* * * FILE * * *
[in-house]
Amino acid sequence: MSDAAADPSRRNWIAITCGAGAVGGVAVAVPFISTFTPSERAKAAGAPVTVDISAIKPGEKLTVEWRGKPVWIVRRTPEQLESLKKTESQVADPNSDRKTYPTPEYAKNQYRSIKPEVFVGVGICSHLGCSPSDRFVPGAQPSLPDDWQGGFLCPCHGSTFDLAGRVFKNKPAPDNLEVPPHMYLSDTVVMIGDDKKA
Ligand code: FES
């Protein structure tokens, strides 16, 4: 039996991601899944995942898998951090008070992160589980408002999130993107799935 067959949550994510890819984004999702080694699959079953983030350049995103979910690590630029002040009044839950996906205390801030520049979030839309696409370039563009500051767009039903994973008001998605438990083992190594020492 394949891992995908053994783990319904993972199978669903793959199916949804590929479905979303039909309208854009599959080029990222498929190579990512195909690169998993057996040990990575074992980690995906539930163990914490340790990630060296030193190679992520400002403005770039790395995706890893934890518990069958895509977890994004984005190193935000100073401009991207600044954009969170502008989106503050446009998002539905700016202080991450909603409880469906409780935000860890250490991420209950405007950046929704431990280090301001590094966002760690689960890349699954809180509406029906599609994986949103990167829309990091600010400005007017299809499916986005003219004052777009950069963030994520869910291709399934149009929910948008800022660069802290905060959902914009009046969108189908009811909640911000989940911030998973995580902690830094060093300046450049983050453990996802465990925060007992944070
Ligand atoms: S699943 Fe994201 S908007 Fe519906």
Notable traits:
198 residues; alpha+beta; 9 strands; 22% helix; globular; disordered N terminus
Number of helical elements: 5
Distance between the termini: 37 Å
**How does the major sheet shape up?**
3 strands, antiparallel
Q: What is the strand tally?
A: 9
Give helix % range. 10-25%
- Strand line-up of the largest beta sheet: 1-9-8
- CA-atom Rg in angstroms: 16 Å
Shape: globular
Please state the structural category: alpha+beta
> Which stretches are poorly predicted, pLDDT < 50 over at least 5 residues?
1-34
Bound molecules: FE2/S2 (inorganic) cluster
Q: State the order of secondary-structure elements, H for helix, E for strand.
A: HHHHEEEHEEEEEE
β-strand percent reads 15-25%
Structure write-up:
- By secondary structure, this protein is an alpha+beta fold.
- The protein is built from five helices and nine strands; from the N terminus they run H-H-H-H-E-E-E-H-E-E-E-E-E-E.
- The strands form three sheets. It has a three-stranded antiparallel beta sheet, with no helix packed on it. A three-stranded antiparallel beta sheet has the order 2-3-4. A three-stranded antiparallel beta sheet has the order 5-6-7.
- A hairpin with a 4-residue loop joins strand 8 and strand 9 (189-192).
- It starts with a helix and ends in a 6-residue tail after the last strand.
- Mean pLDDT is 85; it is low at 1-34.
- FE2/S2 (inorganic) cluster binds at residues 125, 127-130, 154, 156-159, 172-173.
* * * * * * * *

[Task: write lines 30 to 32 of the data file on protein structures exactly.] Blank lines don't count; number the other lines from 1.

- It starts with a helix and ends in a 6-residue tail after the last strand.
- Mean pLDDT is 85; it is low at 1-34.
- FE2/S2 (inorganic) cluster binds at residues 125, 127-130, 154, 156-159, 172-173.